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Clematis Petit Faucon 'Evisix' PBR (I) AGM

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© RHS 2002

Characteristics

Plant type

Climber/Wall Shrub

Habit

Climbing

Resilience

Hardiness

H6 (hardy - very cold winter)

Colour

Flower

Yellow and Dark Purple in Autumn and Summer

Foliage

Bronze in Spring
Green in Autumn and Summer

Size

Ultimate height

0.5-1 metres

Ultimate spread

0.5-1 metres

Time to ultimate height

2-5 years


Preferred common name

clematis Petit Faucon

Family

Ranunculaceae


Clematis can be deciduous or evergreen shrubs or herbaceous perennials, mostly climbing by twining leaf-stalks, and often with showy flowers. Some have attractive fluffy seed-heads in autumn

Integrifolia Group clematis are woody-based subshrubs with non-climbing or semi-climbing herbaceous stems, and bell-shaped or flat flowers on the current year's growth, in summer and early autumn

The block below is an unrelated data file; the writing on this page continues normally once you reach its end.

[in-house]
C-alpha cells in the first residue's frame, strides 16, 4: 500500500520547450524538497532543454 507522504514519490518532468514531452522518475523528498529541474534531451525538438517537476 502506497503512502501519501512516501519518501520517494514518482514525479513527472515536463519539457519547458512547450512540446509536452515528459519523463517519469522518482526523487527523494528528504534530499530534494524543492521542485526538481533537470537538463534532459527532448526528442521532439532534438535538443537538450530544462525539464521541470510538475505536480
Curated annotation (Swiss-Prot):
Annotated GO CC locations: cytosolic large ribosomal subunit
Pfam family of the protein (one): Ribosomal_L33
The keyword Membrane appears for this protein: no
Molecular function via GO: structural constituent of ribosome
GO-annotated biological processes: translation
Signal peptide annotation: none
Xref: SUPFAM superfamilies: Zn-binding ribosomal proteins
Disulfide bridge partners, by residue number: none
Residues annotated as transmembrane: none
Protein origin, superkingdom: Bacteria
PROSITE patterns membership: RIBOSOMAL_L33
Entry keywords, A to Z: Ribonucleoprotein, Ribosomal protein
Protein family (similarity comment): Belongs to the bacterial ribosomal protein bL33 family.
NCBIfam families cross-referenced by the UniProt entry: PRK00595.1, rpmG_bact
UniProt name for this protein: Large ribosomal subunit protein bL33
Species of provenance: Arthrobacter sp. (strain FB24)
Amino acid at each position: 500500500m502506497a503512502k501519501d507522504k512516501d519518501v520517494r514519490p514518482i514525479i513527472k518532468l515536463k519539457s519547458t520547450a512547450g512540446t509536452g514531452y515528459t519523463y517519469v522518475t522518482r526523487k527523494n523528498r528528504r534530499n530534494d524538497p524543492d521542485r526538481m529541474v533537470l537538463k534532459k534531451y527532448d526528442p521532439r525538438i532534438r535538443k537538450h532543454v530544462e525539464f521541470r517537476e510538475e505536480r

Petit Faucon is a small upright non-clinging deciduous climber to 1m tall. Single flowers to 9cm wide are violet-blue with four narrow, slightly twisted sepals, purple-blue filaments and yellow anthers. Flowers summer to early autumn

Synonym(s)

  • Clematis 'Petit Faucon'

How to grow

Sunlight

  • Full sun
  • Part shade

Aspect

  • North-facing, South-facing, East-facing or West-facing
  • Exposed or Sheltered

Cultivation

Plant in a moisture-retentive, well-drained soil, with the roots and base of the plant kept cool and shaded by other plants or a layer of pebbles at the base. Plant with the crown of the clematis level with the soil. Ideal for growing through shrubs in the border

Soil

  • Moist but well-drained
  • Alkaline or Neutral
  • Chalk, Clay, Sand or Loam

Propagation

Propagate by division or basal stem cuttings

Suggested planting locations and garden types

Wall-side Borders


How to care

Pests

Young shoots may be troubled by aphids and caterpillars; petals can be eaten by earwigs

Diseases

May suffer from Clematis slime flux